You cannot coast into Christ-likeness
When it comes to discipline in the Christian life, many believers question its importance. Devotion to prayer declines into drudgery. The real-life usefulness of meditation on Scripture seems uncertain. The purpose of a discipline like fasting is a mystery. Why not leave spiritual discipline to those who seem to more disciplined by nature and let the rest of us “live by grace”?
We are not what we shall become
First, we must understand what we shall become. The Bible says of God’s elect, “For those whom he foreknew he also predestined to be conformed to the image of his Son” (Romans 8:29). God’s eternal plan ensures that every Christian will ultimately conform to Christlikeness. We will be changed “when he appears” so that “we shall be like him” (1 John 3:2). If you are born again (John 3:3-8), this is you, Christian, as soon as “he appears.”
So why talk about discipline? If God has predestined our conformity to Christlikeness, where does discipline fit in? Why not just coast into the promised Christlikeness and forget about discipline?
Although God will grant Christlikeness to us when Jesus returns, until then He intends for us to grow toward it. We aren’t merely to wait for holiness, we’re to pursue it. “Strive for peace with everyone,” we’re commanded in Hebrews 12:14, “and for the holiness without which no one will see the Lord.” Notice carefully what that says: without holiness—that is, Christlikeness; Godliness—no one will see the Lord, regardless of how many times they’ve been to church or how often they’ve engaged in religious activities or how spiritual they believe themselves to be.
It’s crucial—crucial—to understand that it’s not our pursuit of holiness that qualifies us to see the Lord. Rather, we are qualified to see the Lord by the Lord, not by good things we do. We cannot produce enough righteousness to impress God and gain admittance into Heaven. Instead we can stand before God only in the righteousness that’s been earned by another, Jesus Christ.
Only Jesus lived a life good enough to be accepted by God and worthy of entrance into Heaven. And he was able to do so because he was God in the flesh. Living a perfect life qualified him to be a sacrifice the Father would accept on behalf of others who by sin had disqualified themselves from Heaven and a relationship with God. As proof of God’s acceptance of Jesus’ life and sacrifice, God raised Him from the dead.
In other words, Jesus lived a perfectly righteous life in complete obedience to the commands of God, and he did so in order to give the credit for all that obedience and righteousness to those who had not kept all of God’s law, and he died for them on a Roman cross to receive the punishment they deserved for all their sins against God’s law.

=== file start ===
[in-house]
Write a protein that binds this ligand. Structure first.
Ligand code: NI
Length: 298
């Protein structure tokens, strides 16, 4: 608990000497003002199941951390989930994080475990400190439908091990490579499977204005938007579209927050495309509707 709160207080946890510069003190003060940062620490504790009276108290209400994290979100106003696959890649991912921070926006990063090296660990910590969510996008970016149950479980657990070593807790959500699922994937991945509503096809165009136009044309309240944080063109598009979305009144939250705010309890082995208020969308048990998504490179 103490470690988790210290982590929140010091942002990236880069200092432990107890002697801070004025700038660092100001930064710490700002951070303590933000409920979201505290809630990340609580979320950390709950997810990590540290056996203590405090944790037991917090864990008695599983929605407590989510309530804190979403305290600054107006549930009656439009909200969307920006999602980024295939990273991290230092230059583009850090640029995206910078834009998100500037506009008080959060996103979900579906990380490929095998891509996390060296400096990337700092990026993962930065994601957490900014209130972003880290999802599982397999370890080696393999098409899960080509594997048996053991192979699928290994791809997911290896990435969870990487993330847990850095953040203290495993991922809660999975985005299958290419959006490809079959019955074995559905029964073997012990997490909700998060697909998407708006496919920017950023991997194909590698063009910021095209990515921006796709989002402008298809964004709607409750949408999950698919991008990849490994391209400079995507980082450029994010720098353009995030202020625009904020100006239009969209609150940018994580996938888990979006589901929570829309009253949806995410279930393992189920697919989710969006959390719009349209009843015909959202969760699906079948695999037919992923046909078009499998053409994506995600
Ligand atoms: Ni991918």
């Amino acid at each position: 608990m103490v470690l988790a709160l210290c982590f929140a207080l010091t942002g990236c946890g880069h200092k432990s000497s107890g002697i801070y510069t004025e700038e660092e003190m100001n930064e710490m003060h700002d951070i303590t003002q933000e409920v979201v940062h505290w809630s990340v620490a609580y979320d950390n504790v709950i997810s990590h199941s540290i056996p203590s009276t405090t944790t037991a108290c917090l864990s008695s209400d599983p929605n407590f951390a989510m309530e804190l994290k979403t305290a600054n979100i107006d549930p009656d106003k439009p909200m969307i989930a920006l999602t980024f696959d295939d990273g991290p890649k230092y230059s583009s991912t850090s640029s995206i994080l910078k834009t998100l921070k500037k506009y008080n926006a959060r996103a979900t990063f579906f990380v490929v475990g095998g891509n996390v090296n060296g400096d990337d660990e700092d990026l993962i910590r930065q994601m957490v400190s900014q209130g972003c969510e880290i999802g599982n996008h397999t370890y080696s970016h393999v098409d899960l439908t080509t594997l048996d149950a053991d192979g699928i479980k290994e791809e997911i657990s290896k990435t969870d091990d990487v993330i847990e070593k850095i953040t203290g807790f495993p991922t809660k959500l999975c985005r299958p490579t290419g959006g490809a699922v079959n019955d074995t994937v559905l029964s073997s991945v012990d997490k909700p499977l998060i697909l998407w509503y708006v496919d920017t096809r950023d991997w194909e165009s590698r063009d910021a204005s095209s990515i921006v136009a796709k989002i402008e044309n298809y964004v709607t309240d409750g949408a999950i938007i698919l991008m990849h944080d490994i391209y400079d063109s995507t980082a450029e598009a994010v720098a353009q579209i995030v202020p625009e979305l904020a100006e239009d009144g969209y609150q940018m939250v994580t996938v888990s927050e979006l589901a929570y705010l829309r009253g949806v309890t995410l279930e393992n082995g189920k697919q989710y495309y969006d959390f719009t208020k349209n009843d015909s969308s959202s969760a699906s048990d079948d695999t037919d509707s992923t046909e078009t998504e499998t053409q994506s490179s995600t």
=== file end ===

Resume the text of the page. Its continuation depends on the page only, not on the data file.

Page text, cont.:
As a result, all who come to God trusting in the person and work of Jesus to make them right with God are given the Holy Spirit (Ephesians 1:13-14). The presence of the Holy Spirit causes all those in whom He resides to have new holy hungers they didn’t have before. They hunger, for example, for the holy word of God—the Bible—that they used to find boring or irrelevant.
They have new holy longings, such as the longing to live in a body without sin and to have a mind no longer tempted by sin. They yearn to live in a holy and perfect world with holy and perfect people, and to see at last the One the angels perpetually praise as “Holy, holy, holy” (Revelation 4:8). These are some of the holy heartbeats in all those in whom the Holy Spirit resides.
Consequently, when the Holy Spirit indwells someone, that person begins to prize and pursue holiness. Thus, as we have seen in Hebrews 12:14, anyone who is not striving for holiness will not see the Lord. And the reason they will not see the Lord in eternity is because they do not know the Lord now, for those who know Him are given His Holy Spirit, and all those indwelled by the Holy Spirit are compelled to pursue holiness.
And so, the urgent question every Christian should ask is, “How then shall I pursue holiness, the holiness without which I will not see the Lord? How can I become more like Jesus Christ?”
We find a clear answer in 1 Timothy 4:7: “Discipline yourself for the purpose of godliness” (NASB). In other words, if your purpose is Godliness—and godliness is your purpose if you are indwelled by the Holy Spirit, for He makes godliness your purpose—then how do you pursue that purpose? According to this verse, you “Discipline yourself for the purpose of godliness.”
This verse is the theme for Spiritual Disciplines for the Christian Life. In it I attempt to unpack the meaning of 1 Timothy 4:7 and apply it, chapter-by-chapter, in practical ways. I will refer to the scriptural ways Christians discipline themselves in obedience to this verse as the Spiritual Disciplines.
I maintain there that the only road to Christian maturity and godliness (a biblical term synonymous with Christlikeness and holiness) passes through the practice of the spiritual disciplines. I emphasize that godliness is the goal of the disciplines, and when we remember this, the spiritual disciplines become a delight instead of drudgery.
Donald S. Whitney is professor of biblical spirituality and associate dean of the School of Theology at Southern Seminary. A longtime pastor and author of numerous books on the Christian life, he is also founder of The Center for Biblical Spiritualityand is author of numerous books including Spiritual Disciplines for the Christian Lifeand Praying the Bible. This article was originally published on the Crossway blog.